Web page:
Telecommuting a win-win for employers and employees

December 03, 2007

University Park, Pa. — Telecommuting has mostly positive consequences for employees and employers, resulting in higher morale and job satisfaction and lower employee stress and turnover, according to research by a professor and Ph.D. candidate at Penn State's Smeal College of Business.

Ravi Gajendran, a doctoral student in the Department of Management and Organization, and David Harrison, Smeal Professor of Organizational Behavior and Human Resource Management, examined 20 years of research on flexible work arrangements, including 46 studies of telecommuting involving 12,833 employees. Their results are reported in the current issue of the Journal of Applied Psychology, published by the American Psychological Association.

"Our results show that telecommuting has an overall beneficial effect because the arrangement provides employees with more control over how they do their work," Gajendran said. "Autonomy is a major factor in worker satisfaction and this rings true in our analysis. We found that telecommuters reported more job satisfaction, less motivation to leave the company, less stress, improved work-family balance and higher performance ratings by supervisors."

An estimated 45 million Americans telecommuted in 2006, up from 41 million in 2003, according to the magazine WorldatWork. The researchers defined telecommuting as "an alternative work arrangement in which employees perform tasks elsewhere that are normally done in a primary or central workplace, for at least some portion of their work schedule, using electronic media to interact with others inside and outside the organization."

Gajendran and Harrison found that telecommuting has more positive than negative effects on employees and employers. "A work-at-home option gives telecommuters more freedom in their work arrangement and removes workers from direct, face-to-face supervision," Gajendran said. In addition, the employees in their study reported that telecommuting was beneficial for managing the often conflicting demands of work and family.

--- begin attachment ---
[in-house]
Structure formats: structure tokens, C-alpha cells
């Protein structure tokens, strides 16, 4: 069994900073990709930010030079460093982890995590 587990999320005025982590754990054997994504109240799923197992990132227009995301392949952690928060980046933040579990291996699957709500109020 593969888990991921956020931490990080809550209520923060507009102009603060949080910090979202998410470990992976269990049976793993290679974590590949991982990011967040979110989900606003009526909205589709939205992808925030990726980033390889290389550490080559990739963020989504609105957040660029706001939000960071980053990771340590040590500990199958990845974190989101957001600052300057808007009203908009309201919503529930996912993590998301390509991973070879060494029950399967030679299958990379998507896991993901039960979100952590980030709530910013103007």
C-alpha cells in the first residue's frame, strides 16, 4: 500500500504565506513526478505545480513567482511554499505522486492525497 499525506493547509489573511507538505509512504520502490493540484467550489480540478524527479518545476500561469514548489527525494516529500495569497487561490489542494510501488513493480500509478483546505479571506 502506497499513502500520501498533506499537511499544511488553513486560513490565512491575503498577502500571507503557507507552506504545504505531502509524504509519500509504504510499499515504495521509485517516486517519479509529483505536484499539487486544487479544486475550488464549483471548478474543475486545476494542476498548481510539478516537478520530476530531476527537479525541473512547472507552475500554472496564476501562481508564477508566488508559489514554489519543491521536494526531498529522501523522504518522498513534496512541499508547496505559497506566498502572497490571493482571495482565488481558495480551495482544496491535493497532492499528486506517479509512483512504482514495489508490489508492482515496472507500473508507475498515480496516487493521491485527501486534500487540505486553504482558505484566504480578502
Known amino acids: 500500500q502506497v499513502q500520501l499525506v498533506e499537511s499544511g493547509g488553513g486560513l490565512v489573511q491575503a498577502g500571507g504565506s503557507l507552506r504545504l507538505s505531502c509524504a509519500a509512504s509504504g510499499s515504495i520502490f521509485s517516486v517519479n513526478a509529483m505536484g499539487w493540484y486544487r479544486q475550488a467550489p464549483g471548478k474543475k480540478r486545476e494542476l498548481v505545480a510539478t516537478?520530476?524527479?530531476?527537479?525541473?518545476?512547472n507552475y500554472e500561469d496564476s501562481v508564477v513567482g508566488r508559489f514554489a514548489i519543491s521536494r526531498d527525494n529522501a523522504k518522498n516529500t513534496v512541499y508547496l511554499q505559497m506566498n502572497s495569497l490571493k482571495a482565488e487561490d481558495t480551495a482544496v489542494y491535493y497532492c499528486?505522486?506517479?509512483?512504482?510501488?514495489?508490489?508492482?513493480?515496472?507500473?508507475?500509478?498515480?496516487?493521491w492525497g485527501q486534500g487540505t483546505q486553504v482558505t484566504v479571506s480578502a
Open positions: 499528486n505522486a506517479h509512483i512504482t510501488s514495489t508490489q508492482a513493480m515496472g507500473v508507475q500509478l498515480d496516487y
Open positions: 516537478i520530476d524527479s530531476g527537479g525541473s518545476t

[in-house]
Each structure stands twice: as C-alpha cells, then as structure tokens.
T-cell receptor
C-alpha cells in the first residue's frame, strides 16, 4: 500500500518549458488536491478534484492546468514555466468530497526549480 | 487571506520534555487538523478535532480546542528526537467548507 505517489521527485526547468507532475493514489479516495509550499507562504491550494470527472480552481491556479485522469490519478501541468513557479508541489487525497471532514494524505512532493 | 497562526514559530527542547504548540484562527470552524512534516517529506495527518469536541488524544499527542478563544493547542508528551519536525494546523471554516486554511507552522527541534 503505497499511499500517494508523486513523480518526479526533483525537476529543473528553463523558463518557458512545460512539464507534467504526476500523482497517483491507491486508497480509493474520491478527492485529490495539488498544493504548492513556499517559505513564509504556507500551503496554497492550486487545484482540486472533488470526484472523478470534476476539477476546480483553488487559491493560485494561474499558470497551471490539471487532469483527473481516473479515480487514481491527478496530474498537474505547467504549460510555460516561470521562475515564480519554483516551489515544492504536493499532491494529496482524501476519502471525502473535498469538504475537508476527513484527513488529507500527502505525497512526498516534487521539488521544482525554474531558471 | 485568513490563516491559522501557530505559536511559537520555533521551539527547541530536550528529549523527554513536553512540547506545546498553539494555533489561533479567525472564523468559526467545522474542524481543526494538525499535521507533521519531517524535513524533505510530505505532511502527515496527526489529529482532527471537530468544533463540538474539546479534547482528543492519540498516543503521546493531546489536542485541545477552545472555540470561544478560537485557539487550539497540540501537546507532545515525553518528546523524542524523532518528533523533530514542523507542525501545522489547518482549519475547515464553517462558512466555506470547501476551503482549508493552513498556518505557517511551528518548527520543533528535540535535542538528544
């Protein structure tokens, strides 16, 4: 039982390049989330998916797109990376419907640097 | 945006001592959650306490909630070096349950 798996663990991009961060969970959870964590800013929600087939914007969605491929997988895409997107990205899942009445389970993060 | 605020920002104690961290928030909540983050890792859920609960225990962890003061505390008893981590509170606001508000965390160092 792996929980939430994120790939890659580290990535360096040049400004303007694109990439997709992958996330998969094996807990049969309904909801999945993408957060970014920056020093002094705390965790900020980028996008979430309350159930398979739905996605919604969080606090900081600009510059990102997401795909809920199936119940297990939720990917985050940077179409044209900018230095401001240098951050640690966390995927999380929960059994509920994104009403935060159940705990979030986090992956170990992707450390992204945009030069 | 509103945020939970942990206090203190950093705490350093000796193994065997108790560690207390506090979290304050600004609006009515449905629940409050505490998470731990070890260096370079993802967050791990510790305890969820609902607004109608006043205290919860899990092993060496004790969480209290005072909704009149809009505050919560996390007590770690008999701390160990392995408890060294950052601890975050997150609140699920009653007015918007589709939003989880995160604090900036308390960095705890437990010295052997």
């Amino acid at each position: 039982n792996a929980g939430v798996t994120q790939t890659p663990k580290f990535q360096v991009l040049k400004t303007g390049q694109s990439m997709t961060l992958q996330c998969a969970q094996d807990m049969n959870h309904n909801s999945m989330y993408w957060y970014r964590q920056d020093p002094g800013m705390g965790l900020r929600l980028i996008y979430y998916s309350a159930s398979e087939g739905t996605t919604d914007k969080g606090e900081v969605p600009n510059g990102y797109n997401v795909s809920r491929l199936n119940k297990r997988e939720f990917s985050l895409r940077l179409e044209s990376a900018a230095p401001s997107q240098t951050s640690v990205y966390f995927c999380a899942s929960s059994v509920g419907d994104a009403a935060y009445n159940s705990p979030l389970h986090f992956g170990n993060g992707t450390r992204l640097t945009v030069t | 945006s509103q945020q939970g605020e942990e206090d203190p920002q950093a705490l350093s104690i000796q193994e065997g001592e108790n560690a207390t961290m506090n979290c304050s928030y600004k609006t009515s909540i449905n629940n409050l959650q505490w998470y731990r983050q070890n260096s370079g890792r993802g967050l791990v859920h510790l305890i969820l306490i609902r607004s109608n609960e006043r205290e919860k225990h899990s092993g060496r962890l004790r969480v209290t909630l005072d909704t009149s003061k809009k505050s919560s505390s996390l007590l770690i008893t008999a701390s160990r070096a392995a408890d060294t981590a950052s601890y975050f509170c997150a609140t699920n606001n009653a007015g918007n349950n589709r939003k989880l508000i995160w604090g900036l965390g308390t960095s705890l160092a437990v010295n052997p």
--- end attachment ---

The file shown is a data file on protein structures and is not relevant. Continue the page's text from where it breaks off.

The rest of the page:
Contrary to popular belief that face time at the office is essential for good work relationships, said Gajendran, telecommuters' relationship with their managers and coworkers did not suffer from telecommuting with one exception. Employees who worked away from their offices for three or more days a week reported worsening of their relationships with coworkers. However, managers who oversaw telecommuters reported that the telecommuters' performance was not negatively affected by working from home. And those who telecommuted reported that they did not believe their careers were likely to suffer from telecommuting.

The typical telecommuter examined in the analysis was a manager or a professional from the information technology or sales and marketing department of a firm. The average age of a telecommuter was 39; men and women were equally represented.

Women telecommuters may derive even greater benefits from telecommuting. The authors found that study samples with greater proportions of women found they received higher performance ratings from their supervisors and that their career prospects improved, rather than worsened.

"Telecommuting has a clear upside: small but favorable effects on perceived autonomy, work-family conflict, job satisfaction, performance, turnover intent and stress," the authors write. "Contrary to expectations in both academic and practitioner literatures, telecommuting has no straightforward, damaging effects on the quality of workplace relationships or perceived career prospects."

"The Good, the Bad and the Unknown about Telecommuting: Meta-Analysis of Psychological Mediators and Individual Consequences" is available online at www.apa.org/journals/releases/apl9261524.pdf.

(Media Contacts)

Last Updated March 19, 2009